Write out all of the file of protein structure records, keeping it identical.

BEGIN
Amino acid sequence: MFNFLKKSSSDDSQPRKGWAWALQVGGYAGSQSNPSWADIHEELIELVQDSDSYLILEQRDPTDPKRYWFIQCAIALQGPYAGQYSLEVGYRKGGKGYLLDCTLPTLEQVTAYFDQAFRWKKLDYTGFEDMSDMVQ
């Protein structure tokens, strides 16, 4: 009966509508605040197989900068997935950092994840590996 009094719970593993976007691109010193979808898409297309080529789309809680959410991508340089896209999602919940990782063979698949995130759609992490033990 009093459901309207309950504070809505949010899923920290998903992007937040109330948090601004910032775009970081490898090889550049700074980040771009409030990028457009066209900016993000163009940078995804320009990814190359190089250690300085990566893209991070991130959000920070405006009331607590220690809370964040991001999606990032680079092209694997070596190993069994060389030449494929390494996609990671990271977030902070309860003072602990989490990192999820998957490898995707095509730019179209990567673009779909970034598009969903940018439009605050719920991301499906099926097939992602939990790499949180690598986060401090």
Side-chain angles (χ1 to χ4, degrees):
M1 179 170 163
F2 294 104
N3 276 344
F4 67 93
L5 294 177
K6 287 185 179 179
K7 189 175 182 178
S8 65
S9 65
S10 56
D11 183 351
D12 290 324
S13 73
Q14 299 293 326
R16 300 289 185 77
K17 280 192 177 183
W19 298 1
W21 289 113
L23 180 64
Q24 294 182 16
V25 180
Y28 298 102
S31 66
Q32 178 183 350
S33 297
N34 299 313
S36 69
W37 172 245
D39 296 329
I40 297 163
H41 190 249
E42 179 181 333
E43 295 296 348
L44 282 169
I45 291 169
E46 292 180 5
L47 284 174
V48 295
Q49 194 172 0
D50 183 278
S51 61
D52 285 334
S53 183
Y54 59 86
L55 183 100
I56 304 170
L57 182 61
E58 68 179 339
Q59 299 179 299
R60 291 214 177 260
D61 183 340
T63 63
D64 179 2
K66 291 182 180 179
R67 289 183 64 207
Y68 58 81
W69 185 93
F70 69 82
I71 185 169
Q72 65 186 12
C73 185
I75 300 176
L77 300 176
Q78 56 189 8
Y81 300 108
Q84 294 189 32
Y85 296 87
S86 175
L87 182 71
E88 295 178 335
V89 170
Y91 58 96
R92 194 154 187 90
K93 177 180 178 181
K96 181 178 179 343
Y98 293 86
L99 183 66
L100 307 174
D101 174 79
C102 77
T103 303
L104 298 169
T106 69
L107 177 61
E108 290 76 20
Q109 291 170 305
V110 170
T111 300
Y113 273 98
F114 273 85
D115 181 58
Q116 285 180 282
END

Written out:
Amino acid sequence: MFNFLKKSSSDDSQPRKGWAWALQVGGYAGSQSNPSWADIHEELIELVQDSDSYLILEQRDPTDPKRYWFIQCAIALQGPYAGQYSLEVGYRKGGKGYLLDCTLPTLEQVTAYFDQAFRWKKLDYTGFEDMSDMVQ
């Protein structure tokens, strides 16, 4: 009966509508605040197989900068997935950092994840590996 009094719970593993976007691109010193979808898409297309080529789309809680959410991508340089896209999602919940990782063979698949995130759609992490033990 009093459901309207309950504070809505949010899923920290998903992007937040109330948090601004910032775009970081490898090889550049700074980040771009409030990028457009066209900016993000163009940078995804320009990814190359190089250690300085990566893209991070991130959000920070405006009331607590220690809370964040991001999606990032680079092209694997070596190993069994060389030449494929390494996609990671990271977030902070309860003072602990989490990192999820998957490898995707095509730019179209990567673009779909970034598009969903940018439009605050719920991301499906099926097939992602939990790499949180690598986060401090």
Side-chain angles (χ1 to χ4, degrees):
M1 179 170 163
F2 294 104
N3 276 344
F4 67 93
L5 294 177
K6 287 185 179 179
K7 189 175 182 178
S8 65
S9 65
S10 56
D11 183 351
D12 290 324
S13 73
Q14 299 293 326
R16 300 289 185 77
K17 280 192 177 183
W19 298 1
W21 289 113
L23 180 64
Q24 294 182 16
V25 180
Y28 298 102
S31 66
Q32 178 183 350
S33 297
N34 299 313
S36 69
W37 172 245
D39 296 329
I40 297 163
H41 190 249
E42 179 181 333
E43 295 296 348
L44 282 169
I45 291 169
E46 292 180 5
L47 284 174
V48 295
Q49 194 172 0
D50 183 278
S51 61
D52 285 334
S53 183
Y54 59 86
L55 183 100
I56 304 170
L57 182 61
E58 68 179 339
Q59 299 179 299
R60 291 214 177 260
D61 183 340
T63 63
D64 179 2
K66 291 182 180 179
R67 289 183 64 207
Y68 58 81
W69 185 93
F70 69 82
I71 185 169
Q72 65 186 12
C73 185
I75 300 176
L77 300 176
Q78 56 189 8
Y81 300 108
Q84 294 189 32
Y85 296 87
S86 175
L87 182 71
E88 295 178 335
V89 170
Y91 58 96
R92 194 154 187 90
K93 177 180 178 181
K96 181 178 179 343
Y98 293 86
L99 183 66
L100 307 174
D101 174 79
C102 77
T103 303
L104 298 169
T106 69
L107 177 61
E108 290 76 20
Q109 291 170 305
V110 170
T111 300
Y113 273 98
F114 273 85
D115 181 58
Q116 285 180 282